London — The loading of an LNG cargo at Egypt's 5 million mt/year Damietta LNG plant on Feb. 22 marked the return to operations of a plant that sat idle for more than eight years, a victim of domestic gas shortages in the wake of the Arab Spring.
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Damietta's return gives Egypt an additional export outlet as it looks to make the most of a surplus of gas achieved through production from the supergiant Zohr field and the start in 2020 of imports from Israel.
For the Egyptian government, bringing Damietta back online was an important milestone for the country's gas industry, part of work to "strengthen Egypt's position as a regional center for gas and energy trading in the Eastern Mediterranean region."
However, the impact of Damietta's return may not be felt for a while yet as domestic summer demand is expected to keep a lid on Egyptian export volumes in general, according to S&P Global Platts Analytics.
"We expect the facility's exports to be limited until after Egyptian summer demand recedes, with material exports from Damietta not expected until Winter 2021," Platts Analytics' managing analyst Samer Mosis said Feb. 26.
Mosis' view was shared by the market, with traders saying the potential for increased seasonal demand in the domestic market headed into summer could limit exports. "Let's see how Damietta performs over the summer," an LNG trader said.
It remains unclear when the next loading from Damietta might take place, with no tankers seen headed for the plant, according to Platts trade flow software cFlow.
A tender that closed Feb. 11 for two FOB Damietta cargoes for late February and early March loadings was reported to have been withdrawn, according to sources.
Meanwhile, Egyptian LNG exports from the 7.2 million mt/year Shell-operated Idku plant have soared so far in 2021 on the back of the global gas price rally.
The JKM benchmark spot Asian LNG price hit an all-time low of $1.825/MMBtu at the end of April 2020 -- bringing Egyptian LNG exports to near halt -- before rising to an all-time high of $32.50/MMBtu in mid-January.
Egyptian exports in 2021 to date have averaged around 27 million cu m/d, more than double year-ago levels, according to Platts Analytics data.
Mosis said that Platts Analytics expects a relative decline in Egyptian LNG exports this summer as domestic demand eats into available supply, with exports set to average around 16 million cu m/d.
Still, that is a significant improvement over last year when Egypt only exported one summer cargo due to the price-induced curtailments, which Mosis said are not expected to materialize this year.
An LNG market source said it was likely that Egyptian cargoes could head to the Middle East/India as netbacks seem the most favorable, with the Mediterranean the next best market.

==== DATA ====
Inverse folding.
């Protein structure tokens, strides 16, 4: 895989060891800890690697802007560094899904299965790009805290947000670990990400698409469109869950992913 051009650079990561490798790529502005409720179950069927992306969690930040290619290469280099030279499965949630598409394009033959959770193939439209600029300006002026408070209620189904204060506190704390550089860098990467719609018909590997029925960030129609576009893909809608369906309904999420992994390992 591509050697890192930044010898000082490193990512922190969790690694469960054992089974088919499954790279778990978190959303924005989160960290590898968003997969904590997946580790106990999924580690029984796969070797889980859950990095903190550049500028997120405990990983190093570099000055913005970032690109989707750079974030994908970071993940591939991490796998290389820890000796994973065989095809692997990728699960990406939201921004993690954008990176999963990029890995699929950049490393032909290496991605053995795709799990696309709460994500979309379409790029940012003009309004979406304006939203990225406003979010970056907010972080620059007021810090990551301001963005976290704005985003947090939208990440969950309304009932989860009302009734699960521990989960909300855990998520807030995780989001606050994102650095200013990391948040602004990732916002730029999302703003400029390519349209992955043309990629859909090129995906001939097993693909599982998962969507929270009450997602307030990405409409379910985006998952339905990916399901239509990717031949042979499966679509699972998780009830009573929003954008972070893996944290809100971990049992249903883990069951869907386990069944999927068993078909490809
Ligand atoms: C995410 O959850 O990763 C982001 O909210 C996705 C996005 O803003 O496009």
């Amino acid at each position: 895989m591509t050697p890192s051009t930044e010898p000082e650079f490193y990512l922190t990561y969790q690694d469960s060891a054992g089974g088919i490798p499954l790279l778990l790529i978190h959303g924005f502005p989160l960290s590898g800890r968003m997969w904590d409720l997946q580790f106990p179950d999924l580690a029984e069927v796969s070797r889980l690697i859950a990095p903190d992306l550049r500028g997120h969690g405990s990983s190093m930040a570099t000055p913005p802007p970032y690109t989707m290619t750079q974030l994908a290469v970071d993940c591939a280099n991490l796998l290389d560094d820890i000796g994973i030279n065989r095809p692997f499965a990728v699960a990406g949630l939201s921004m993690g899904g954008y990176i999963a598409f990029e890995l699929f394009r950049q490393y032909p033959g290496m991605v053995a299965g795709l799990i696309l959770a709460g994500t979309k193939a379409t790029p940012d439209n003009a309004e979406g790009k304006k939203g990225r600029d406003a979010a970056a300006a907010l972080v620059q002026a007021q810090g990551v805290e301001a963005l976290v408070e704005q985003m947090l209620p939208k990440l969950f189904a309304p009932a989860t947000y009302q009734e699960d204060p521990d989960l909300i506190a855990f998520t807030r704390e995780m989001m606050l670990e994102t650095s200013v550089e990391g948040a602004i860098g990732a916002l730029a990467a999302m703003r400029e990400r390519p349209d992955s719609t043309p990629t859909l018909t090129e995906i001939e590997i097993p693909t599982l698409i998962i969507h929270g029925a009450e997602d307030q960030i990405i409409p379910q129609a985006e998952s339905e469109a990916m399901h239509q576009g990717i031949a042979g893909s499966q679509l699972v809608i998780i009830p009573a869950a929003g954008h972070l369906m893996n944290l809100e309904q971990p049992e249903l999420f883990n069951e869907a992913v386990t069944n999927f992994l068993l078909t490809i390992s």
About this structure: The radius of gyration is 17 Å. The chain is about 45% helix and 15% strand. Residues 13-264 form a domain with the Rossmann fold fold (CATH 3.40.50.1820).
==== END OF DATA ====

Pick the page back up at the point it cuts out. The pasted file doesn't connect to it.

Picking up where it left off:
According to Platts pricing data form Feb. 25, the H2 March West India Marker (WIM) stood at a premium of roughly $0.44/MMBtu over the corresponding Mediterranean Marker (MED).
Damietta LNG ceased operations in late 2012 after feedgas for the facility was diverted for use in the domestic Egyptian market as its own production slumped.
There followed years of legal wranglings as key shareholder Union Fenosa Gas (UFG) -- a joint venture between Italy's Eni and Spain's Naturgy -- sought compensation from the Egyptian state over the forced suspension of operations.
UFG was awarded $2 billion by the World Bank's International Center for Settlement of Investment Disputes in 2018, but all issues were resolved in a new dispute settlement agreement in December 2020.
The agreement -- which is expected to close in the first half of March -- will result in Naturgy's departure from Egypt and the end of its joint venture with Eni.
As a result, the shareholding of Damietta LNG owner SEGAS will become Eni (50%), state-owned EGAS (40%) and EGPC (10%).
They will be hoping that Damietta LNG can become a mainstay of the market in the longer term.
Platts Analytics' Mosis said Egypt was on track to see total domestic gas production breach 198 million cu m/d before 2022.
"However, due to high natural decline rates, Egypt will need to continue luring foreign oil and gas investment to maintain, let alone expand, domestic gas production and LNG exports," he said.
Egypt remains attractive to investors, he said, given strong domestic demand growth, existing export infrastructure, and a commercially conducive market structure.
This, he said, makes Egypt the "centerpiece of any regional gas ambitions."
Further developments in Israel are also likely to focus on exports to Egypt, with the two countries agreeing this week a plan to build a pipeline directly from the giant Leviathan field to Egypt's two LNG plants.
At a meeting in Jerusalem on Feb. 21, Israeli energy minister Yuval Steinitz and his Egyptian counterpart Tarek el-Molla said the pipeline would be part of both countries' ambition to "promote energy cooperation."